She kept her chin set. “True. But at least I will get paid for it.”
“Money only ever shrouds other problems, you know.” He glanced judiciously around the forest, as if preoccupied by too many thoughts. The wind flapped the billowing sleeves of his linen shirt, outlining his broad physique and hinting at the impressive definition of taut muscle beneath.
Thérèse tried not to stare, but every time the wind shifted his linen shirt against his muscled arms and chest, it gave her more to admire. She pinched her lips in an effort not to dash up to him and tap each pectoral to see if it was real.
He eyed her and veered his gaze upward, searching the sky through the branches of the trees. “Fortunately, the weather does not appear to be getting worse. In fact, I am quite certain of it.” He pointed at the sky with a gloved finger and stared up at it with contempt. “I command you not to rain. I need to get to Paris without my gunpowder getting wet. Do you hear me?”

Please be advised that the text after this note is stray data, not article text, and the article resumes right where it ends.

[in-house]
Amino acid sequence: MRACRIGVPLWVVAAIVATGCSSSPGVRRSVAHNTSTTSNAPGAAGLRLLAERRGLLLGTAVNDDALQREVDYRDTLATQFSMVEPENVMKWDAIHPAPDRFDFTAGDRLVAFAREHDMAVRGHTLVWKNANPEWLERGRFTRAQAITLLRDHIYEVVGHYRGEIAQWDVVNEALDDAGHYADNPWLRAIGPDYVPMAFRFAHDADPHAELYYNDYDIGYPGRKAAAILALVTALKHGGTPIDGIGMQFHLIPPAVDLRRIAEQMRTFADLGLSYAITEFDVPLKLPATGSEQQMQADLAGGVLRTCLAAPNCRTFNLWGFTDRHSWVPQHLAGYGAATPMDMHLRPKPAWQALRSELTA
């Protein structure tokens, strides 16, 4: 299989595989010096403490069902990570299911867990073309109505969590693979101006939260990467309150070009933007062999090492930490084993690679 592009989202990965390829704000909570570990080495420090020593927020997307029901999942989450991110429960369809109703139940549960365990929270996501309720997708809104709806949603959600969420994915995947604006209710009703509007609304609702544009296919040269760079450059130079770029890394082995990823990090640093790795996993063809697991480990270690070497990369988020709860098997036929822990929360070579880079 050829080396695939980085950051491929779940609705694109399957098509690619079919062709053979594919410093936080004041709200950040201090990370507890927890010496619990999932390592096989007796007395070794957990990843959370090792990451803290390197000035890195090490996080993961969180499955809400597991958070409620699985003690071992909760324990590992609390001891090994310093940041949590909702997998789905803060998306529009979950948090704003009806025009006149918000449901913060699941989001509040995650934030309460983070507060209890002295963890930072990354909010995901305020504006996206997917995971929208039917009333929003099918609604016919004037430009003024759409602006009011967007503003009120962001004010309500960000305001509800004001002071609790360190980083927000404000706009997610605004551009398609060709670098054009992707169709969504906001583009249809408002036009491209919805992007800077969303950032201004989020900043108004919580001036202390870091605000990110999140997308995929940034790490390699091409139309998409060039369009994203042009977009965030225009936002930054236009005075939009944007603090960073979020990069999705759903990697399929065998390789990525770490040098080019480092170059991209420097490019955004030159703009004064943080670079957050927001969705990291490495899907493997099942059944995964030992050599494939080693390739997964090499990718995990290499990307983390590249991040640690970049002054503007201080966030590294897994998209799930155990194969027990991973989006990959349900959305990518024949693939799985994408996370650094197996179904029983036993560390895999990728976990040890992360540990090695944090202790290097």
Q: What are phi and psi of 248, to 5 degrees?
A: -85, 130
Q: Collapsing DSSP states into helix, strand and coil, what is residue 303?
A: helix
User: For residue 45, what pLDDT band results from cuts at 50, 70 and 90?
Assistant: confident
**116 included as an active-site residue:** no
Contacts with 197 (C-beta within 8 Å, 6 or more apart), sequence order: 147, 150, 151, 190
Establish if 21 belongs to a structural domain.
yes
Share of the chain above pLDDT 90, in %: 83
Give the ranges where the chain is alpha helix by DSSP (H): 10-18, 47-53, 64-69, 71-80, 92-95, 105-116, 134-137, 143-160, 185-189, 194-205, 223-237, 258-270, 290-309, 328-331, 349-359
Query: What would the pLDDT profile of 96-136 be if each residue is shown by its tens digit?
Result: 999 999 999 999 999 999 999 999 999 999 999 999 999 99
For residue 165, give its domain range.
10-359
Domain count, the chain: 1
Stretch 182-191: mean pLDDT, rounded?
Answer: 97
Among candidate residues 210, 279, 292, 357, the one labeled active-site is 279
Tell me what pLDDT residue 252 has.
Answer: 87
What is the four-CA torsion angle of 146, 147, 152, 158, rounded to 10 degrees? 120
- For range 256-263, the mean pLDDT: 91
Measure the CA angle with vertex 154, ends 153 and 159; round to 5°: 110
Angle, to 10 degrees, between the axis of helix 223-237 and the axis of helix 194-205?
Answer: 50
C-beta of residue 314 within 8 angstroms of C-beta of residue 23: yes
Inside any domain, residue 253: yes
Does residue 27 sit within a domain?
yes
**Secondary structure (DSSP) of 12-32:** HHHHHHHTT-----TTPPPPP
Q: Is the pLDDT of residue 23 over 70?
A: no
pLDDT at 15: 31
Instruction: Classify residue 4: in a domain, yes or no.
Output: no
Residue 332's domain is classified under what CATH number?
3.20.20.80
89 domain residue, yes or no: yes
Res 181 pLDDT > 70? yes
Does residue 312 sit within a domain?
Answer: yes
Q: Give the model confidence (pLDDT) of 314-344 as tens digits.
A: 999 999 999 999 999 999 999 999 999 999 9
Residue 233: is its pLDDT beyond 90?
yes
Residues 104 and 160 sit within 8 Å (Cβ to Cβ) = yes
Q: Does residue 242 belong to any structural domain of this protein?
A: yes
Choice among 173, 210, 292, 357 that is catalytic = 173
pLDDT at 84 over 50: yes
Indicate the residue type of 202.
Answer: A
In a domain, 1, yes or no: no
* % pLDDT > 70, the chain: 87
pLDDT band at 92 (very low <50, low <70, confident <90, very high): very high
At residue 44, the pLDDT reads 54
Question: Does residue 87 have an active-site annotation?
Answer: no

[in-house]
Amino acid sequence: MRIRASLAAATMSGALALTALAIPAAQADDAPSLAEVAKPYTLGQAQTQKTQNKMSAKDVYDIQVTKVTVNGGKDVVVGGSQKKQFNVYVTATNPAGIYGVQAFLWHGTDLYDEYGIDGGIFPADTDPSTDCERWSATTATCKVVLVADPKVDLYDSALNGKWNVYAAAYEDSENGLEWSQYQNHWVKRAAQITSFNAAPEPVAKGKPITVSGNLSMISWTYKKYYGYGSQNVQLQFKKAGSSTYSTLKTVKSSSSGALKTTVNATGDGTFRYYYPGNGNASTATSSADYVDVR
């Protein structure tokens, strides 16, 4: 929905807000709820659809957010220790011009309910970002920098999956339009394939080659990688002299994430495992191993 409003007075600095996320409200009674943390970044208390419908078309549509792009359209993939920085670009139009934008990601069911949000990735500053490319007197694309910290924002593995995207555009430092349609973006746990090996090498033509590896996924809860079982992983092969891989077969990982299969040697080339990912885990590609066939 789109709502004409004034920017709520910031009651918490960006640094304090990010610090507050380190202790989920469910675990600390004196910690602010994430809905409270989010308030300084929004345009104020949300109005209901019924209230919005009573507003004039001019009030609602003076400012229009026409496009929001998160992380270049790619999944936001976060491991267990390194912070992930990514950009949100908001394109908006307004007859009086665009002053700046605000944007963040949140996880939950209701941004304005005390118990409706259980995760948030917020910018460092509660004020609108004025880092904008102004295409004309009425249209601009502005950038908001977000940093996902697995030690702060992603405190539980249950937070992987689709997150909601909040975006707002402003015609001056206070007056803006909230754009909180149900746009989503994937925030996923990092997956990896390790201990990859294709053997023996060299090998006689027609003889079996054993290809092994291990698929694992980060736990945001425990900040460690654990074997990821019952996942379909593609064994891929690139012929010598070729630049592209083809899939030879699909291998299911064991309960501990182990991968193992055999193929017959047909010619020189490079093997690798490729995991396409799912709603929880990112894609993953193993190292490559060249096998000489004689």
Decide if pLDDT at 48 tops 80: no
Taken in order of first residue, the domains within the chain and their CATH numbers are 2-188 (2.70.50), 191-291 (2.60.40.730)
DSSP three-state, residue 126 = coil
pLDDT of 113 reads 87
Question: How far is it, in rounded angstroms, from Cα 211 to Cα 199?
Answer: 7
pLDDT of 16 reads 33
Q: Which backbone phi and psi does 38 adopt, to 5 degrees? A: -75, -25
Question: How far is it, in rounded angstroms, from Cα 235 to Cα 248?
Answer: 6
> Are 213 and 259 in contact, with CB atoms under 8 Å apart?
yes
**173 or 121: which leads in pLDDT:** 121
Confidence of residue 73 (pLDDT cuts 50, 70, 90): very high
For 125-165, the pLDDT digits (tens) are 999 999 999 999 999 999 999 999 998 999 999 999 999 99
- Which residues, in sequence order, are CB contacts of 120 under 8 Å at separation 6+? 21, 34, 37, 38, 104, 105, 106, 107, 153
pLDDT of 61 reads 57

This aristocrat was talking to the rain.
To the rain
. As if he had power over it.
No wonder these people were getting stoned.
She peered up at the sky through the leaves and branches above and paused. Large patches of blue sky pushed out from between the dark clouds. Her lips parted. “Did you just command the weather into cooperation?”